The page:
From there, players choose from there major archetypes: Warrior, Mystic, and Rogue. From there, players can choose (or disregard) available subtypes within each archetype, such as the Warrior’s Knight or Sellsword, the Mystic’s Witch or holy Theurg, the Rogue’s Treasure Hunter or Witch Hunter, and more. After abilities are chosen and equipment bought, that’s just about that. And a character creation that may, on the surface, seem daunting (with all the lore available for players to dive into) in the end it’s streamlined and straightforward.
The game itself is governed by eight defining characteristics that each player assigns points toward, including: Accurate, Cunning, Discreet, Persuasive, Quick, Resolute, Strong, and Vigilant. Unlike most modern D20-based tabletop RPGs, the goal of Symbaroum is to roll equal to or under your ability when trying to succeed at a task (or trying to evade danger). In another diversion from traditional RPG design, with Symbaroum the Game Master makes no roles, all dice rolls are made by the players.
My only complaint with Symbaroum is that certain rules, including the idea of Corruption, are broken up and sprinkled throughout the rules. So to understand exactly how you “gain corruption,” you’ll have to bounce around several chapters of the book. This doesn’t happen very often, but when it does it can interrupt your train of thought. This is mitigated by the fact that, once you’ve read all the rules you need to know, the game is perfectly straightforward.
A note on “chrome”
Symbaroum has some of the most beautiful oil painting-style illustrations I’ve seen in an RPG. Forget about bursts of orange flames spewing from an emerald green dragon’s mouth, or snow-white elves giving peace signs in an Autumn grove, the world of Symbaroum is washed out and moody. Not in a “edgy” “dark-sided” way, but in a way that immediately evokes a sense of loss, of time and nature conquering innovation, of corruption seeping its way into everything. The illustrations by Martin Grip are so crucial to the vibe of the game overall, that it would feel empty without them.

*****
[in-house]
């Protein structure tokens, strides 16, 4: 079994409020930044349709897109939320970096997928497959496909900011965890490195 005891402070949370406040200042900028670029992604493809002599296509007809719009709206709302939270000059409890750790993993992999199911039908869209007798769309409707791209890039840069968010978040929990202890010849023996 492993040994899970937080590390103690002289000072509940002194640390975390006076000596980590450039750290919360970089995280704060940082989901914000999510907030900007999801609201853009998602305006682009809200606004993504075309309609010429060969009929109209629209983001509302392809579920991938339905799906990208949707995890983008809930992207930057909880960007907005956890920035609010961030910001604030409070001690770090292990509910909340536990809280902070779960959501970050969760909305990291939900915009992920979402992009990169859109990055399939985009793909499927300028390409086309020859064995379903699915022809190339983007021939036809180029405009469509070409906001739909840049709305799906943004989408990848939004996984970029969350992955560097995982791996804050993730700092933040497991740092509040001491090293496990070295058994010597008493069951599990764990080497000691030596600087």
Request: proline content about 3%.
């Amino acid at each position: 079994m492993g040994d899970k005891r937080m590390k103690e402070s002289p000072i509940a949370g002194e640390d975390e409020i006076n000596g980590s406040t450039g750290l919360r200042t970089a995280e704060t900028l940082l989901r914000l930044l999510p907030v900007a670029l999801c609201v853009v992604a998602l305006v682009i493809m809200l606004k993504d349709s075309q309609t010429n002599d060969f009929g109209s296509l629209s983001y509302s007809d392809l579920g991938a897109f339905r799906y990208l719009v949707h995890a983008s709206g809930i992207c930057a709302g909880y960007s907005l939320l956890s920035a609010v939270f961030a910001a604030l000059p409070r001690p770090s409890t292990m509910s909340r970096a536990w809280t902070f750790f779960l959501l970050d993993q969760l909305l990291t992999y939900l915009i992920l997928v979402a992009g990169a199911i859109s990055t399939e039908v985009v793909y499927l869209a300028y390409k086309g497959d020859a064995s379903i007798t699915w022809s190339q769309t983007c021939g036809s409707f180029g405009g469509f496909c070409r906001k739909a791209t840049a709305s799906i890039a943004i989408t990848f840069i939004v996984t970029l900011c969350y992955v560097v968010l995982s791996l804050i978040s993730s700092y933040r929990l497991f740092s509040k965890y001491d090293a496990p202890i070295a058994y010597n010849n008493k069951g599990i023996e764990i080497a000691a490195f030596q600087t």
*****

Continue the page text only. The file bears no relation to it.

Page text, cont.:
The bottom line:
Symbaroum is a roleplaying game that truly rewards players investing in, and being curious about, the world their game takes place in. It wouldn’t do at all to show up to a new game of Symbaroum and say “I’m a Goblin Assassin, why am I in this tavern and how do I know the rest of you?” This game book begs to be read. It’s the kind of book you don’t stop thinking about when you put it down. When it first came in the mail I wasn’t expecting to read it like a novel, but I couldn’t put it down. I’ve been thoroughly transported to Davokar.
Get this game if…
You thrive in a well-established setting.
You want to try a rules system that feels different, but not completely alien.
You’re interested in exploring a deep fantasy world.
Avoid this game if…
You want to be the high-flying hero of an action-heavy RPG.
You prefer miniatures and heavy tactics over theater of the mind.
You don’t like to read.
You’re a goblin hater.
What do you think of the world of Symbaroum? Will it be hitting your table any time soon? Let us know in the comments below.
The copy of Symbaroum used for this review was provided by Fria Ligan.